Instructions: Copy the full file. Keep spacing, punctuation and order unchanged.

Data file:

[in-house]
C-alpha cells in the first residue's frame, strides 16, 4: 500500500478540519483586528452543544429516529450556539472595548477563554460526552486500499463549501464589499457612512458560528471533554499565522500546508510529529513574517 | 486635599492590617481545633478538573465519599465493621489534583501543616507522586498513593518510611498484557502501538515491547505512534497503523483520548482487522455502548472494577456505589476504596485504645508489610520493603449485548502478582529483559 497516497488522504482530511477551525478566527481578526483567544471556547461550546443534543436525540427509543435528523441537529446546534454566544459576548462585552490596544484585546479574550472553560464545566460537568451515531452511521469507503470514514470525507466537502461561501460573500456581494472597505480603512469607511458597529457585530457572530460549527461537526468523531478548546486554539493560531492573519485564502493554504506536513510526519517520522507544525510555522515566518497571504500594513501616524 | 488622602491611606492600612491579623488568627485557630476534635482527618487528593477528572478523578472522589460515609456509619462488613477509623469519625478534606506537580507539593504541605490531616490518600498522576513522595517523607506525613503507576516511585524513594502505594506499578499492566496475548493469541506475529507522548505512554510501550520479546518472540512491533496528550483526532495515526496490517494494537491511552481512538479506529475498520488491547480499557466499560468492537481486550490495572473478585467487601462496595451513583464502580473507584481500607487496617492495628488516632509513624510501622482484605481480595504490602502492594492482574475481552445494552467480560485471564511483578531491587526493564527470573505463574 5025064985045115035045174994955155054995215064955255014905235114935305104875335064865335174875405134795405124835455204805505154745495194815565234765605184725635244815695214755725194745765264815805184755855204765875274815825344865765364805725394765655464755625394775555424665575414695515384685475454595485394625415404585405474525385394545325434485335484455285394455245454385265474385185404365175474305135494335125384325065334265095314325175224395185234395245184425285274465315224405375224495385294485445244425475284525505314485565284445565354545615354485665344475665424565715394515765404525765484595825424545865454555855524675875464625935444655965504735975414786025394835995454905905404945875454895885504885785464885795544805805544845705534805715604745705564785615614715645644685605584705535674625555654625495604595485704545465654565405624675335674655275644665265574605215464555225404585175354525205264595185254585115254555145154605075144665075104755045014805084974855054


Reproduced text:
[in-house]
C-alpha cells in the first residue's frame, strides 16, 4: 500500500478540519483586528452543544429516529450556539472595548477563554460526552486500499463549501464589499457612512458560528471533554499565522500546508510529529513574517 | 486635599492590617481545633478538573465519599465493621489534583501543616507522586498513593518510611498484557502501538515491547505512534497503523483520548482487522455502548472494577456505589476504596485504645508489610520493603449485548502478582529483559 497516497488522504482530511477551525478566527481578526483567544471556547461550546443534543436525540427509543435528523441537529446546534454566544459576548462585552490596544484585546479574550472553560464545566460537568451515531452511521469507503470514514470525507466537502461561501460573500456581494472597505480603512469607511458597529457585530457572530460549527461537526468523531478548546486554539493560531492573519485564502493554504506536513510526519517520522507544525510555522515566518497571504500594513501616524 | 488622602491611606492600612491579623488568627485557630476534635482527618487528593477528572478523578472522589460515609456509619462488613477509623469519625478534606506537580507539593504541605490531616490518600498522576513522595517523607506525613503507576516511585524513594502505594506499578499492566496475548493469541506475529507522548505512554510501550520479546518472540512491533496528550483526532495515526496490517494494537491511552481512538479506529475498520488491547480499557466499560468492537481486550490495572473478585467487601462496595451513583464502580473507584481500607487496617492495628488516632509513624510501622482484605481480595504490602502492594492482574475481552445494552467480560485471564511483578531491587526493564527470573505463574 5025064985045115035045174994955155054995215064955255014905235114935305104875335064865335174875405134795405124835455204805505154745495194815565234765605184725635244815695214755725194745765264815805184755855204765875274815825344865765364805725394765655464755625394775555424665575414695515384685475454595485394625415404585405474525385394545325434485335484455285394455245454385265474385185404365175474305135494335125384325065334265095314325175224395185234395245184425285274465315224405375224495385294485445244425475284525505314485565284445565354545615354485665344475665424565715394515765404525765484595825424545865454555855524675875464625935444655965504735975414786025394835995454905905404945875454895885504885785464885795544805805544845705534805715604745705564785615614715645644685605584705535674625555654625495604595485704545465654565405624675335674655275644665265574605215464555225404585175354525205264595185254585115254555145154605075144665075104755045014805084974855054